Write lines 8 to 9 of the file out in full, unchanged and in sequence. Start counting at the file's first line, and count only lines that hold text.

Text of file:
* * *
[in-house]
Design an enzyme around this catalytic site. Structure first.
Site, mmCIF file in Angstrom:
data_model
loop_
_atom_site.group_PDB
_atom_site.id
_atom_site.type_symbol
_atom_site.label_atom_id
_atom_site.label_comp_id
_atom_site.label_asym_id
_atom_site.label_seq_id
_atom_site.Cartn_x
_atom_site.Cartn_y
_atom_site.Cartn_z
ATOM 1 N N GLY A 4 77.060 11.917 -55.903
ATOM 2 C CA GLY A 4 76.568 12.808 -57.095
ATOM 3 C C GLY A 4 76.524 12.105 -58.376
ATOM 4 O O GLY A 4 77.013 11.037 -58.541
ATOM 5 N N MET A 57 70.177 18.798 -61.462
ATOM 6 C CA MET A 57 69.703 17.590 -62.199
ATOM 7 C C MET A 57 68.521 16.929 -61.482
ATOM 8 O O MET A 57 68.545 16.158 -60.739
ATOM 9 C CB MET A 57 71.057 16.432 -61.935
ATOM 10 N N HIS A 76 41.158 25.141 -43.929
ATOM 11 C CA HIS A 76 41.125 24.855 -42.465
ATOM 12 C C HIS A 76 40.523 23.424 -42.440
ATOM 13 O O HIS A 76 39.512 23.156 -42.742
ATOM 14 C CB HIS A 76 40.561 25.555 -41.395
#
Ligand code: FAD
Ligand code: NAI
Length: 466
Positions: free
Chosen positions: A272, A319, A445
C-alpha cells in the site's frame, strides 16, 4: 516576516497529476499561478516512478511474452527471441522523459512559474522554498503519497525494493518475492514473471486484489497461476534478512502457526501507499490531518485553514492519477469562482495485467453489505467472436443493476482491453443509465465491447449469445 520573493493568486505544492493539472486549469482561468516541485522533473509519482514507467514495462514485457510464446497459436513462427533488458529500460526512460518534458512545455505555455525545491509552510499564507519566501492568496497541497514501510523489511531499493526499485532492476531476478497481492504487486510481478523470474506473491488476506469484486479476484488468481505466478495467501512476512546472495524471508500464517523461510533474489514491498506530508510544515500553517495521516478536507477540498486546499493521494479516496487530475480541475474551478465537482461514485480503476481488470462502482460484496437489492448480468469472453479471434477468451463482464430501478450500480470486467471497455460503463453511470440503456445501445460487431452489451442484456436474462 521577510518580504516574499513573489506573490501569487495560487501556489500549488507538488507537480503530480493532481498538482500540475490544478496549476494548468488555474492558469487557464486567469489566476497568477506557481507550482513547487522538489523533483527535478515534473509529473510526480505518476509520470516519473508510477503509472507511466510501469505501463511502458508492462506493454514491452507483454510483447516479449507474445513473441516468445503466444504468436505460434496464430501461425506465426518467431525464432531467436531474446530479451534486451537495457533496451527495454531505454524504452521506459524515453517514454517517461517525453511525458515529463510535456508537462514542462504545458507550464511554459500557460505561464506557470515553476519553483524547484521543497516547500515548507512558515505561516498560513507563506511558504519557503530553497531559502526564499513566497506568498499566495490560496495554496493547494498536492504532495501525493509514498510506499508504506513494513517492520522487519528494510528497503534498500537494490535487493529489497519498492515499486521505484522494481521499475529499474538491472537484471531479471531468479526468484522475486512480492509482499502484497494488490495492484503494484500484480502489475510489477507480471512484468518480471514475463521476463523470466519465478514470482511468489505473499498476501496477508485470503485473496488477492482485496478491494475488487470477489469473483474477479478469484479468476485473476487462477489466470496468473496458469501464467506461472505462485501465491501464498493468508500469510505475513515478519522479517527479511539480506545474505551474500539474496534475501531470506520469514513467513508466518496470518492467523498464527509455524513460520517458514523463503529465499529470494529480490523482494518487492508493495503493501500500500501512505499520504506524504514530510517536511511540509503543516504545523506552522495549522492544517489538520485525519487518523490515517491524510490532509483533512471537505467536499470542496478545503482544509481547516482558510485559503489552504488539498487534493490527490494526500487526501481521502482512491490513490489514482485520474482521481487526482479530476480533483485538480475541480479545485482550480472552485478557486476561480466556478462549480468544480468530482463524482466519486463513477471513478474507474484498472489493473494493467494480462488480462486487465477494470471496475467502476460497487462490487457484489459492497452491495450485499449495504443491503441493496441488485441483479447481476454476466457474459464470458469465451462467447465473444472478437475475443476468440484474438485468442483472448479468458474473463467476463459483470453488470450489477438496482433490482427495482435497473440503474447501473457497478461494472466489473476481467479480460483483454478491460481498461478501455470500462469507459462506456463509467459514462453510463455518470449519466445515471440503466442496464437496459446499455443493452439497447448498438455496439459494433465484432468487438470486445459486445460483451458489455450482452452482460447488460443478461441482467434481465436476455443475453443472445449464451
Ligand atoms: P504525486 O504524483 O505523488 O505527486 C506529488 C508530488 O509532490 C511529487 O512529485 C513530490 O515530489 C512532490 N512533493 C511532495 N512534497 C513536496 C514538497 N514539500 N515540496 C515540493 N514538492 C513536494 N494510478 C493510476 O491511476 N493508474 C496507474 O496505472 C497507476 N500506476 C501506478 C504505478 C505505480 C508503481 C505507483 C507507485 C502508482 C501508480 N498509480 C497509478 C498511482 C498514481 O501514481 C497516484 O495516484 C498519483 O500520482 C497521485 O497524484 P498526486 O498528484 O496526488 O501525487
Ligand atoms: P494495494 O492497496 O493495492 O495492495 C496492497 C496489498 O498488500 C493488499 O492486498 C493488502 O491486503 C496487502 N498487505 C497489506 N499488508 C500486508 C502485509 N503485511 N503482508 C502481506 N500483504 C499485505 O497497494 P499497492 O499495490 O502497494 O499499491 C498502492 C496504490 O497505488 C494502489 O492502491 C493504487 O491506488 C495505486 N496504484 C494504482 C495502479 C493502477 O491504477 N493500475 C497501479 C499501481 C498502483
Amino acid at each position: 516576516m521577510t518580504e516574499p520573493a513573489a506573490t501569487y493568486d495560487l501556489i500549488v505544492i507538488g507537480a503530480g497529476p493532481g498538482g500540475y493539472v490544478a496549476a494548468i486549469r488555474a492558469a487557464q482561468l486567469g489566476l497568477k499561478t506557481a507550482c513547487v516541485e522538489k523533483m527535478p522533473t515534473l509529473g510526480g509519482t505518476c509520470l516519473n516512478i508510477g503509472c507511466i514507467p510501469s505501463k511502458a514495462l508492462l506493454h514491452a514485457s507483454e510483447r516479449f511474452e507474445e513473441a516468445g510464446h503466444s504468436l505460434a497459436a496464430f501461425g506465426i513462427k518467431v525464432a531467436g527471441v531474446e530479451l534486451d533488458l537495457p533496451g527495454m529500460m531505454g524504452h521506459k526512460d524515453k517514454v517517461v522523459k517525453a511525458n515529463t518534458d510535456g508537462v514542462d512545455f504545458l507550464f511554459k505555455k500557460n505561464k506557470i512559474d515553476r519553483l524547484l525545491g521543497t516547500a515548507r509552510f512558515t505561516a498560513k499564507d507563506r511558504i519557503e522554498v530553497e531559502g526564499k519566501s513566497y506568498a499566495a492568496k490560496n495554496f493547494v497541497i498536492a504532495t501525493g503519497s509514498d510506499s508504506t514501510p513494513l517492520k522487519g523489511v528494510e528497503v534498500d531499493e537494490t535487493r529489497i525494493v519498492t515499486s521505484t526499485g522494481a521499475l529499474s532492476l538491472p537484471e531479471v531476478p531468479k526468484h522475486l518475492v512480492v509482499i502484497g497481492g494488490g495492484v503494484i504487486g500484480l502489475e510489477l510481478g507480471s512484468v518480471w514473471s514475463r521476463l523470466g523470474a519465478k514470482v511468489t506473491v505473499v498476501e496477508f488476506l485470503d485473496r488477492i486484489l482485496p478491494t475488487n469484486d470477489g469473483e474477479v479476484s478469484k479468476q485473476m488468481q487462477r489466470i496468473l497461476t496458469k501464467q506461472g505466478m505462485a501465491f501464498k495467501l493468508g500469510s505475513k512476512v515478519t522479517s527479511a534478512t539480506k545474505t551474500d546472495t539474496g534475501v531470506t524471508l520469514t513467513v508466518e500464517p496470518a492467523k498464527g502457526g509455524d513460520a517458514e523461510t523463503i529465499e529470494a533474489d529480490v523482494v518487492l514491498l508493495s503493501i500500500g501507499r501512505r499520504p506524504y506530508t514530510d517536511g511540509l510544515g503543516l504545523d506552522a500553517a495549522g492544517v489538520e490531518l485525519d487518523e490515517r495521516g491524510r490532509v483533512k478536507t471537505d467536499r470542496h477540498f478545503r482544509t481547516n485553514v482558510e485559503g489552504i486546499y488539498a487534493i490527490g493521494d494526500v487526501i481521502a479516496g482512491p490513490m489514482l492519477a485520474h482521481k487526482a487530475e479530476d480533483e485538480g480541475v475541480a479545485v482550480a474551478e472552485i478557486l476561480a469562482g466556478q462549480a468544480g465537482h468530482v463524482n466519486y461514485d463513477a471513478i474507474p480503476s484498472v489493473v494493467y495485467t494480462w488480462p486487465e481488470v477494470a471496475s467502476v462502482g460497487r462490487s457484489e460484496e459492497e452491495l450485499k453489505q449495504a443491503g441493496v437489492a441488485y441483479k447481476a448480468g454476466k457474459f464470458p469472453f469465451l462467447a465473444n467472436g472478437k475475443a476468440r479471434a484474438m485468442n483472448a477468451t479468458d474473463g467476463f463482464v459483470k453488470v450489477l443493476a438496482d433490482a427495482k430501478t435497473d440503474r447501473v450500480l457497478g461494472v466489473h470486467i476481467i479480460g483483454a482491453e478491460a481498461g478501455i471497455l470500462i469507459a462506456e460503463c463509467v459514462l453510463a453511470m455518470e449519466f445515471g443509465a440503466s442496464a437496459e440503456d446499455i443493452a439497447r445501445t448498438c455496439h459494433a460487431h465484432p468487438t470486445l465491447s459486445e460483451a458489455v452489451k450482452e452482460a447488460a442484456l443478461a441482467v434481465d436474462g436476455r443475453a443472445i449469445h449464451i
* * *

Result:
_atom_site.type_symbol
_atom_site.label_atom_id